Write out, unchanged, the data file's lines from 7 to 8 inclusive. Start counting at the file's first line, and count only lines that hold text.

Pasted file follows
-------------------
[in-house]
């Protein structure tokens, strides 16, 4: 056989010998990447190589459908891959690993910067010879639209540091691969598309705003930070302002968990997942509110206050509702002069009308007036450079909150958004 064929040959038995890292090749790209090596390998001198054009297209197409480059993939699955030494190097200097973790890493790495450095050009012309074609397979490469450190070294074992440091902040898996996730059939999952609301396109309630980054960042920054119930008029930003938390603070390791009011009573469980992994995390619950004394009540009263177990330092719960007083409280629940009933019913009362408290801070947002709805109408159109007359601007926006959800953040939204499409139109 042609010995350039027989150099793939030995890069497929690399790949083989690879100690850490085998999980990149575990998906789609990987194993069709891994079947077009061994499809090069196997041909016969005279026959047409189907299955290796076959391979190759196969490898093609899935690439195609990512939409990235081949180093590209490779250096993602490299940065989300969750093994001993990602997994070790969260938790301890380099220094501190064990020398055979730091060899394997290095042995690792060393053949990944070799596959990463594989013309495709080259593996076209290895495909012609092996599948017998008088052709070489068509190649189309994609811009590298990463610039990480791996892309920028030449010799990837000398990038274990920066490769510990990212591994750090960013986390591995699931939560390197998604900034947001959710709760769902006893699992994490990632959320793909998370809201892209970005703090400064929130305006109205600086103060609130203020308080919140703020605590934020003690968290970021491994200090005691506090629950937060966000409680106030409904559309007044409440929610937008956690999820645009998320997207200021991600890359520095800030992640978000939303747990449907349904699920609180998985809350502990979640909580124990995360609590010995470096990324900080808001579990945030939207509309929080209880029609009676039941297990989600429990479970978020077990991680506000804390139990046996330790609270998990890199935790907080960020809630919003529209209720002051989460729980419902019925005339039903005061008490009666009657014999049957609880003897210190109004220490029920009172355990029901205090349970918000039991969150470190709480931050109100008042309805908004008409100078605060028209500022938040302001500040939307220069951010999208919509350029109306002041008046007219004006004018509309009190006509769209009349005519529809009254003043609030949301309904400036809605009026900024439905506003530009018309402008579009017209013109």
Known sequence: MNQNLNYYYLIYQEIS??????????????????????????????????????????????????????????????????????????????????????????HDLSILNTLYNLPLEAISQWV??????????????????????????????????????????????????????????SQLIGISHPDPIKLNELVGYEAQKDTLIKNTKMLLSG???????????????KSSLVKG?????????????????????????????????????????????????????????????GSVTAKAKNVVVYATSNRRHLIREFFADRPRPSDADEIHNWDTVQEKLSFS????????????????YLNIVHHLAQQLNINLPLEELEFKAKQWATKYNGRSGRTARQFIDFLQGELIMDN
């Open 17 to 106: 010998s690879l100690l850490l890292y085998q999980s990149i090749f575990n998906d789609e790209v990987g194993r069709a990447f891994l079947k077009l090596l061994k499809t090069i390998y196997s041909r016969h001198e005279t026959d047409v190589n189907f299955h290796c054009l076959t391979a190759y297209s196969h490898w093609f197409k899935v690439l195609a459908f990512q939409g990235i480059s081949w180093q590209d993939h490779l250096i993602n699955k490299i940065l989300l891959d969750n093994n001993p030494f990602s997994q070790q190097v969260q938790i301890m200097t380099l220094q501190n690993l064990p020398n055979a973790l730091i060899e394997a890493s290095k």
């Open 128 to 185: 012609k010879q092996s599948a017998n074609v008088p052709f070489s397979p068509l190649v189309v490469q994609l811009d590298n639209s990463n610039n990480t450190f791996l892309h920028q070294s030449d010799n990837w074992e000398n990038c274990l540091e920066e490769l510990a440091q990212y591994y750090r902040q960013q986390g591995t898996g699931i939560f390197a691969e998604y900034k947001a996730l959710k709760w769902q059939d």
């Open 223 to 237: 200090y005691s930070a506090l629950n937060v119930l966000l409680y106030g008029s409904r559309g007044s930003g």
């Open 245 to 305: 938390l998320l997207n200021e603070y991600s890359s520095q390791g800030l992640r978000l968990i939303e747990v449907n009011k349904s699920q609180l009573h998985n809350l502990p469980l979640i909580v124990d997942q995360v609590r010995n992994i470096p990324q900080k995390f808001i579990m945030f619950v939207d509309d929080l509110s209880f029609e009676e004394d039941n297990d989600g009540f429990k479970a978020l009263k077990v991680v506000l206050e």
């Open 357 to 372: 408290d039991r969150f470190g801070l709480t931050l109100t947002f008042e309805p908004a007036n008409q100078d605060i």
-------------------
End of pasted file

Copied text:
């Open 245 to 305: 938390l998320l997207n200021e603070y991600s890359s520095q390791g800030l992640r978000l968990i939303e747990v449907n009011k349904s699920q609180l009573h998985n809350l502990p469980l979640i909580v124990d997942q995360v609590r010995n992994i470096p990324q900080k995390f808001i579990m945030f619950v939207d509309d929080l509110s209880f029609e009676e004394d039941n297990d989600g009540f429990k479970a978020l009263k077990v991680v506000l206050e």
């Open 357 to 372: 408290d039991r969150f470190g801070l709480t931050l109100t947002f008042e309805p908004a007036n008409q100078d605060i």